Here are a few quotes you’ll often hear attributed to Luther, though none of them are exact actual quotes, and a few of them are things that Luther would have disagreed with!
Alleged Luther quote #1:
If I believed the world were to end tomorrow, I would still plant a tree today.
Luther didn’t say this. For a thorough discussion, see Martin Schloemann, Luthers Apfelbäumchen: Ein Kapitel deutscher Mentalitätsgeschichte seit dem Zweiten Weltkrieg (Göttingen: Vandenhoeck & Ruprecht, 1994), 246-251 (via Frederick Gaiser, HT: Garrett Lee). Schloemann argues that it’s not only something Luther didn’t say but wouldn’t say, unless it was put into a Christocentric eschatology emphasizing “creaturely service of neighbor and world.”
Alleged Luther quote #2:
The maid who sweeps her kitchen is doing the will of God just as much as the monk who prays—not because she may sing a Christian hymn as she sweeps but because God loves clean floors.
The Christian shoemaker does his Christian duty not by putting little crosses on the shoes, but by making good shoes, because God is interested in good craftsmanship.
Luther didn’t say this. As with the quote from the first example, Gaiser argues that it doesn’t sit very well with Luther’s actual views on vocation. The idea that God is pleased with our work because he likes quality work “would be the American work-ethic version of vocation, theologically endorsing work as an end in itself. In the hands and mouth of a modern boss, good craftsmanship and clean floors (or a clean desk or a signed contract) to the glory of God could be a potent and tyrannical tool to promote the bottom line. . . . [W]hat marks Luther’s doctrine of vocation is the insistence that the work is done in service of the neighbor and of the world. God likes shoes (and good ones!) not for their own sake, but because the neighbor needs shoes. . . .”
Alleged Luther quote #3:
If I profess with the loudest voice and clearest exposition every portion of the Word of God except precisely that little point which the world and the devil are at that moment attacking, I am not confessing Christ, however boldly I may be professing Him. Where the battle rages there the loyalty of the soldier is proved; and to be steady on all the battle front besides, is mere flight and disgrace if he flinches at that point.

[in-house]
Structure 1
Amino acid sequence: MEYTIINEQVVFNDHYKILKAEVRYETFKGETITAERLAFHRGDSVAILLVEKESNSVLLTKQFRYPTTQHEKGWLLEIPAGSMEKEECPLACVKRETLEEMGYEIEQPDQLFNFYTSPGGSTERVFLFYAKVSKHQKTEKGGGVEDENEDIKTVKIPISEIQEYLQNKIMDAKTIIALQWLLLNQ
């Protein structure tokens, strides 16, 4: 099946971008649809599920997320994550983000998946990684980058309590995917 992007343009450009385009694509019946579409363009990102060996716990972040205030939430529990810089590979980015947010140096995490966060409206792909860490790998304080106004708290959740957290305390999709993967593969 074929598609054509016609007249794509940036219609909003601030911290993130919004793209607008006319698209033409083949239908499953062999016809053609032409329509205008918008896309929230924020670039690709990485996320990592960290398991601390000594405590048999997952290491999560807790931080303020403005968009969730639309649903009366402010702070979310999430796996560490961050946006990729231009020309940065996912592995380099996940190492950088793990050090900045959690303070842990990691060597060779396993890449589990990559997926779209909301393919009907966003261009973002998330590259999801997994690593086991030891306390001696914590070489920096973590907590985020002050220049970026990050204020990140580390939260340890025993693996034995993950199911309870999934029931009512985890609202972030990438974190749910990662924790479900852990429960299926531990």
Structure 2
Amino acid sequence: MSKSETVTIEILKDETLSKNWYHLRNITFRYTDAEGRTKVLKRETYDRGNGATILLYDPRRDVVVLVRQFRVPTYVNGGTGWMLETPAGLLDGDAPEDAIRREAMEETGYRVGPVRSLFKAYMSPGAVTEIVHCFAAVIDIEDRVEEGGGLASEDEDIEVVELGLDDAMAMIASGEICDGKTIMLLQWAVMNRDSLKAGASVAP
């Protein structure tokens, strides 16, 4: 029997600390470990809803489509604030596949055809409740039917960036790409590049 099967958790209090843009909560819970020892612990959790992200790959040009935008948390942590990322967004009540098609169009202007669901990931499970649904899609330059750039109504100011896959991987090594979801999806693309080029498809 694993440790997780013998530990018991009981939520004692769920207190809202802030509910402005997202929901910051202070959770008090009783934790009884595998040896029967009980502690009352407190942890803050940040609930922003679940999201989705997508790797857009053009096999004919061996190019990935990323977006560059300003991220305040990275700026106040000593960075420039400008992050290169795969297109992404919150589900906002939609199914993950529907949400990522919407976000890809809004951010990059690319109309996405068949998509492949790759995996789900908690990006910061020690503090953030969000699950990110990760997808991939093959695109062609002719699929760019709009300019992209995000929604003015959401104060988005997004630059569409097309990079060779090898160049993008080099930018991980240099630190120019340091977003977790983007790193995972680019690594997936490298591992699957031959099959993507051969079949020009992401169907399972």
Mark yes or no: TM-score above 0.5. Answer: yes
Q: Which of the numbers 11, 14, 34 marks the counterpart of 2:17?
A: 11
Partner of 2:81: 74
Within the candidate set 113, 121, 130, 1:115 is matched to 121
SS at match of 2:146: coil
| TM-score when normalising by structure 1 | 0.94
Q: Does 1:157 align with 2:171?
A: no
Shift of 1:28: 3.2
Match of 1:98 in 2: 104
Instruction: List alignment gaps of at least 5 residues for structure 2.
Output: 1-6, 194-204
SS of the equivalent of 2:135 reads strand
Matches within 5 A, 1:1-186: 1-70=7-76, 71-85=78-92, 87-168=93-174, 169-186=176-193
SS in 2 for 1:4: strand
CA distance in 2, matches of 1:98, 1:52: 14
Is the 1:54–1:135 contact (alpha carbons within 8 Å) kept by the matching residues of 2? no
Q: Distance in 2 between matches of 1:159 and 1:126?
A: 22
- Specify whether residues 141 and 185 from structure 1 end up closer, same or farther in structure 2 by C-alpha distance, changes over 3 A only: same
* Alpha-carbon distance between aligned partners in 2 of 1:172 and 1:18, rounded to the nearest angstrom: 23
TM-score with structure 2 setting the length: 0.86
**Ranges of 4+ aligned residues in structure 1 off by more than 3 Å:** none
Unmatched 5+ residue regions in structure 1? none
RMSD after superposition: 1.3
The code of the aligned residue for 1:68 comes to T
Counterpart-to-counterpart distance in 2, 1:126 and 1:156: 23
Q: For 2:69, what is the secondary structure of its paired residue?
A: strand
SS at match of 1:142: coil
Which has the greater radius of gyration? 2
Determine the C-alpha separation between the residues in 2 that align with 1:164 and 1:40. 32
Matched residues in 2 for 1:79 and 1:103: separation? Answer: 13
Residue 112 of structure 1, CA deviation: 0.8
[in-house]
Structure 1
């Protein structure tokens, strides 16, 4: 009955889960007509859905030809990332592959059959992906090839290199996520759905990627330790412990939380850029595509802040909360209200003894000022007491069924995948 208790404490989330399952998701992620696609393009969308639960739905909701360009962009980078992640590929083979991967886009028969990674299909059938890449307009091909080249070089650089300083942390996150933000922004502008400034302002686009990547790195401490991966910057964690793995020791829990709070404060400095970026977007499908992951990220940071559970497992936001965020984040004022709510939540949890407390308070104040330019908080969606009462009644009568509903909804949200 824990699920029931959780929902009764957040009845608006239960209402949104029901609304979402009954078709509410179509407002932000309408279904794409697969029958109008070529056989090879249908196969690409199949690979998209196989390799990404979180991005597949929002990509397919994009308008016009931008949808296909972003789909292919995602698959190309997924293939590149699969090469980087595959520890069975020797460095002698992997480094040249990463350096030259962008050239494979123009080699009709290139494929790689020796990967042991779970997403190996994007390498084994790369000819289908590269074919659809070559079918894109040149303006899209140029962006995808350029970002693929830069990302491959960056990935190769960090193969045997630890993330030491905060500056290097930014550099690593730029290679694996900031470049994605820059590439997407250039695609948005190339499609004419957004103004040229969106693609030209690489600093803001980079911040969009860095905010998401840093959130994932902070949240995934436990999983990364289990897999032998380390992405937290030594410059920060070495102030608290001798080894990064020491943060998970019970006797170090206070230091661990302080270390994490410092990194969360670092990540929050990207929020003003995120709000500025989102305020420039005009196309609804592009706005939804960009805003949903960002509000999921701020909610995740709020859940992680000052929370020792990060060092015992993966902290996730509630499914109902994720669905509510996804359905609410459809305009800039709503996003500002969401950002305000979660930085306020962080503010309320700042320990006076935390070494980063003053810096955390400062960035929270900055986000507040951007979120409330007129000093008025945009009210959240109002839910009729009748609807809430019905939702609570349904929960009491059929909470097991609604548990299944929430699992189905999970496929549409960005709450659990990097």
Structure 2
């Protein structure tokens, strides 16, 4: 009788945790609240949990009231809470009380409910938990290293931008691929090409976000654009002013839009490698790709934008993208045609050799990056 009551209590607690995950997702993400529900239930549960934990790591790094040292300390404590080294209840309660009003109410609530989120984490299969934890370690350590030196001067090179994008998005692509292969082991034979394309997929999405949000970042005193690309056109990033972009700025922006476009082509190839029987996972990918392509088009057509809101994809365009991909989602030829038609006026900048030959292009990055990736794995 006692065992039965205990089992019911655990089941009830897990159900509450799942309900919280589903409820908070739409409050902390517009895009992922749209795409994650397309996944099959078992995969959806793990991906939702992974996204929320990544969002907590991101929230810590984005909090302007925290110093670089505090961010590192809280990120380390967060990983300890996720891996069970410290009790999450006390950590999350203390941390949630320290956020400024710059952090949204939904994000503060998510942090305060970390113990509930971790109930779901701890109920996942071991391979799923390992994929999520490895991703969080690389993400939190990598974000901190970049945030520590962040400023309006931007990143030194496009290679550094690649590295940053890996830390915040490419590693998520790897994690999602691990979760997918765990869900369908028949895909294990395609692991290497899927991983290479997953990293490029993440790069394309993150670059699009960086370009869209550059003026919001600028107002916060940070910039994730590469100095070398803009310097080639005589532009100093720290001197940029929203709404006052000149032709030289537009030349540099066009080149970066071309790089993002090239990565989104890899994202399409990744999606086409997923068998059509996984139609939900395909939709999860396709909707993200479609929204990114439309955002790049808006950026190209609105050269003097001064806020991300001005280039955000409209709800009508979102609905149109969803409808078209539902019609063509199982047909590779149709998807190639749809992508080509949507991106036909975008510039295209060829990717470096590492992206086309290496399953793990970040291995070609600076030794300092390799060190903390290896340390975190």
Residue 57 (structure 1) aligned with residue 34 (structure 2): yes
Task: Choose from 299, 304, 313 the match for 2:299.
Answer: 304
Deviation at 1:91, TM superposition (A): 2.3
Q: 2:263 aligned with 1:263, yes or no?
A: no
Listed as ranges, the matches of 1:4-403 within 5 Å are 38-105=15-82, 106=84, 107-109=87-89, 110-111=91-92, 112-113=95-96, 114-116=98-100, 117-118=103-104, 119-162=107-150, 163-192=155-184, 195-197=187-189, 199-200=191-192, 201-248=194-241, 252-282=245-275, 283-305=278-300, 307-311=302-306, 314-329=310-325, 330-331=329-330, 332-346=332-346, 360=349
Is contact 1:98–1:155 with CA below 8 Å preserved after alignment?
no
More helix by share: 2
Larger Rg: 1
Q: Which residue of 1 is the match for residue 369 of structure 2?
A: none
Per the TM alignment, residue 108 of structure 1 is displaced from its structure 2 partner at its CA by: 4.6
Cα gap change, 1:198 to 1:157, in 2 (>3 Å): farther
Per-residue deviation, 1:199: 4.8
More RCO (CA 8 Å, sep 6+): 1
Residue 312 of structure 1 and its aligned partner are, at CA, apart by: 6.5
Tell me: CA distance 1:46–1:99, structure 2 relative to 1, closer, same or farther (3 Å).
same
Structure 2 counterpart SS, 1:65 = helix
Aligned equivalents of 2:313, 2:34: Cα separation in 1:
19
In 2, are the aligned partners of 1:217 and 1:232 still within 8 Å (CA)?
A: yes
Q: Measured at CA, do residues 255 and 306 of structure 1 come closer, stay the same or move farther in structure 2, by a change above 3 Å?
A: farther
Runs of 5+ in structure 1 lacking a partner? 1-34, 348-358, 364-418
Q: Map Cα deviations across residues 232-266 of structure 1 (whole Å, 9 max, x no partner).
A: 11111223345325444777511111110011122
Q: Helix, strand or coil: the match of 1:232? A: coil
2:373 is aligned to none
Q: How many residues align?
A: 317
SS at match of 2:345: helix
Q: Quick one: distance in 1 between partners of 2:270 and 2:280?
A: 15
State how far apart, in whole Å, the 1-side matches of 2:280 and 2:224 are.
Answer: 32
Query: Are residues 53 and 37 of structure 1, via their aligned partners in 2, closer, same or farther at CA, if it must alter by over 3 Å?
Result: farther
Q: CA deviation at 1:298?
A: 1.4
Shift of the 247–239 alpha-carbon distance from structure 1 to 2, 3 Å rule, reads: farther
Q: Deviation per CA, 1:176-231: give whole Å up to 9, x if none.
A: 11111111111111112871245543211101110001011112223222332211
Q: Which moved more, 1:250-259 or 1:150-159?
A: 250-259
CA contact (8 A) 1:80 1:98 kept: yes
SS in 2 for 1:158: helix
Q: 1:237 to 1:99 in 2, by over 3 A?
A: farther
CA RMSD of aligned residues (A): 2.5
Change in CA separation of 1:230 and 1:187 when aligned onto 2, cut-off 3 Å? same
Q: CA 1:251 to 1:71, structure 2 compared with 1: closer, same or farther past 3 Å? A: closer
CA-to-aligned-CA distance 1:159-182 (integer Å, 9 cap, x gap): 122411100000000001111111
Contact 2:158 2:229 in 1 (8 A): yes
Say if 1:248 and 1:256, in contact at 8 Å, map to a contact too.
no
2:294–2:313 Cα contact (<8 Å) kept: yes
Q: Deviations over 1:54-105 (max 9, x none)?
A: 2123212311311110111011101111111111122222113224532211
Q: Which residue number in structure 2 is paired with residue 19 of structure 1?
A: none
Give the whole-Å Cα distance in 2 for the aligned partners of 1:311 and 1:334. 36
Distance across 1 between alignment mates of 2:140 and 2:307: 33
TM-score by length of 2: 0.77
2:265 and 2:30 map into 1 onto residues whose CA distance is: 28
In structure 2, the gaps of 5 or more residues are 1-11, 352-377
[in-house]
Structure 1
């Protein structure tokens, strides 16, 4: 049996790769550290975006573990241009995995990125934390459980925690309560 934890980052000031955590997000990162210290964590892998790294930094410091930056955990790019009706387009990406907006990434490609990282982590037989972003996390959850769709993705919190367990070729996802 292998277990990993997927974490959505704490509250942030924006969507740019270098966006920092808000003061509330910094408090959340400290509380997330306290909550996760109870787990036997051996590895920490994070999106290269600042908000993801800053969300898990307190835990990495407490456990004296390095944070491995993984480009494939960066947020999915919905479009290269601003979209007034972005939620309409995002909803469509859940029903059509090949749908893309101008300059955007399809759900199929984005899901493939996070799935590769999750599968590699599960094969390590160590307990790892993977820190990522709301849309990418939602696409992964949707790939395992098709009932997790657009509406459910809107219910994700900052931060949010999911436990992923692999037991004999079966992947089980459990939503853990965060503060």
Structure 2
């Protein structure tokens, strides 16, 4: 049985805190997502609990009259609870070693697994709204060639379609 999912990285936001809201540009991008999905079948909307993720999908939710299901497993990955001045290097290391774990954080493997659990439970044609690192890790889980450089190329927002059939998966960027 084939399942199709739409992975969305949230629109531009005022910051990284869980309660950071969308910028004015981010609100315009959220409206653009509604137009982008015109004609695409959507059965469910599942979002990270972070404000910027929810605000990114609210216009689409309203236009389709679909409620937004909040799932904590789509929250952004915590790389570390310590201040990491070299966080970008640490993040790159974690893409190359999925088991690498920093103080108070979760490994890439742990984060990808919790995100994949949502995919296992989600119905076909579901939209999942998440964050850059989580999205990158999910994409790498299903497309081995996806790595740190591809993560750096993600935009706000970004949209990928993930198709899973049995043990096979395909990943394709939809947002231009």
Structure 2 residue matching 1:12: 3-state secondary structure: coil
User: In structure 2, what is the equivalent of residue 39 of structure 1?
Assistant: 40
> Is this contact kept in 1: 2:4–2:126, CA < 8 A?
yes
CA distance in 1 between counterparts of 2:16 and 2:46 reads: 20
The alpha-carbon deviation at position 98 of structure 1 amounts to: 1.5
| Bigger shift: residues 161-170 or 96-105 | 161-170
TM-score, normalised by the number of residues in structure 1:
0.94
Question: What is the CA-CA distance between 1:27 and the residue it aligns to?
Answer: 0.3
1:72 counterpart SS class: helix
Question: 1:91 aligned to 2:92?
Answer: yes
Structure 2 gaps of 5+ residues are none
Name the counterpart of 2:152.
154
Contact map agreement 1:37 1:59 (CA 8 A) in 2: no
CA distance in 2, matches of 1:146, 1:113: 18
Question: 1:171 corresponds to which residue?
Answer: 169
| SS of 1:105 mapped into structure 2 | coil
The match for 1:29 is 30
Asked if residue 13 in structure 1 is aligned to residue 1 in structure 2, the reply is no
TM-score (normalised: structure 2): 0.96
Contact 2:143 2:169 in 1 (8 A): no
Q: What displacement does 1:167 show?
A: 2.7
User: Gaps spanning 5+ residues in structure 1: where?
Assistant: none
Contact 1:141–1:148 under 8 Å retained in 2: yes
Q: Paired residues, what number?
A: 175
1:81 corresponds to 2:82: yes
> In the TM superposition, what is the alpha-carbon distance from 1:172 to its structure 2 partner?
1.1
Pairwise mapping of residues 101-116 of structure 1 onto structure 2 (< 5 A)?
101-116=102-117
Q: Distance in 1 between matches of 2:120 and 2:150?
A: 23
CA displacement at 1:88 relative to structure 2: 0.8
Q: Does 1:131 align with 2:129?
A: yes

Luther didn’t say this exactly, but this one is closer. Denny Burk looked into this one:
Most writers quote other writers’ use of the term. The few that credit an original source cite a letter published in the Weimar edition of Luther’s works [D. Martin Luther’s Werke : kritische Gesamtausgabe (Weimarer Ausgabe) : [3. Band] Briefwechsel, ed. (Weimar: H. BoÌˆhlaus Nachfolger, 1933), 81-82]. Here’s a scan of the relevant text from the Weimar edition:
Here’s a rough translation:
“Also it does not help that one of you would say: ‘I will gladly confess Christ and His Word on every detail, except that I may keep silent about one or two things which my tyrants may not tolerate, such as the form of the Sacraments and the like.’ For whoever denies Christ in one detail or word has denied the same Christ in that one detail who was denied in all the details, since there is only one Christ in all His words, taken together or individually.”
As you can see, this does not match the first quotation, though the sentiments described in the former are similar to the latter.
Alleged Luther quote #4:
I’d rather be ruled by a wise Turk than by a foolish Christian.
Luther didn’t say this one, and wouldn’t have. On Gene Veith’s blog, Carl Vehse offers an extended analysis. Here is his conclusion:
These statements by Martin Luther and their context within the various documents he wrote are more than sufficient to convince reasonable readers that Luther would never have uttered the falsely attributed quote and would never regard as a preferable desire or choice to be ruled by a Turk. [It] is not “Luther-esque” and in fact, it is diametrically opposed to the position on which we know from his writings Luther firmly stood.
Alleged Luther quote #5:
Justification is the article by which the church stands and falls.
This one is pretty close.
The first use of this exact Latin phrase (justificatio est articulus stantis et cadentis ecclesiae) seems to be by Lutheran theologian Balthasar Meisner—born 40 years after Luther’s death—who said that it was a “proverb of Luther” (Anthropôlogia sacra disputation 24 [Wittenberg: Johannes Gormannus, 1615]).
In 1618 Reformed theologian Johann Heinrich Alsted wrote articulus iustificationis dicitur articulus stantis et cadentis ecclesiae (in Theologia scholastica didacta [Hanover, 1618], p. 711)— “The article of justification is said to be the article by which the church stands or falls.”
We don’t have record of Luther using the exact phrase, but very close: quia isto articulo stante stat Ecclesia, ruente ruit Ecclesia—“Because if this article [of justification] stands, the church stands; if this article collapses, the church collapses.” (WA 40/3.352.3)
So the famous version is more like a summary of paraphrase of his actual quote.
Alleged Quote #6
Here I stand; I can do no other.
Diarmaid MacCulloch, in his magesterial work on the Reformation, calls this the “most memorable thing Luther never said.” Many scholars believe that it was first inserted at the end of Luther’s speech by the first editor of his collected works, Georg Rörer (1492-1557). But this one certainly ranks as Lutheresque—something he certainly could have said!